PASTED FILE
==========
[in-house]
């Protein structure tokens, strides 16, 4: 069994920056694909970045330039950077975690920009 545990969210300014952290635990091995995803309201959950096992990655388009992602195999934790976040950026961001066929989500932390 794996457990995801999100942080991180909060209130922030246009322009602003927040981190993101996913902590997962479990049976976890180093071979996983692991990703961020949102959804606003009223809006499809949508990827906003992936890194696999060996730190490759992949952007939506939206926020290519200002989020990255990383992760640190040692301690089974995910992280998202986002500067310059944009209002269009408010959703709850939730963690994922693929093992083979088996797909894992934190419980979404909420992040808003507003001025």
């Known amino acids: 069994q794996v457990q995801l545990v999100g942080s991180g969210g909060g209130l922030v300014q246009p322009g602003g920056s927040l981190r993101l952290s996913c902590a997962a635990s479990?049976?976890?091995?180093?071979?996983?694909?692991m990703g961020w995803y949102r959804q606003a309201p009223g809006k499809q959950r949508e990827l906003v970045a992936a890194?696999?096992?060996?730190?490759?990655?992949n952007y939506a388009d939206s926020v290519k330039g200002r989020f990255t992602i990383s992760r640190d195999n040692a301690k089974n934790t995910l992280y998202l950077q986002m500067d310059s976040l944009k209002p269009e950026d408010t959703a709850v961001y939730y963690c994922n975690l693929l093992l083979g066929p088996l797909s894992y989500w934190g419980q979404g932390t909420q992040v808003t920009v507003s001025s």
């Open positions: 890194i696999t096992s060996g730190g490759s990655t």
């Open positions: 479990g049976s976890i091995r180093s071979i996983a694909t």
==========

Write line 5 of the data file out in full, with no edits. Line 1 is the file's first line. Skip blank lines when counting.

């Open positions: 479990g049976s976890i091995r180093s071979i996983a694909t």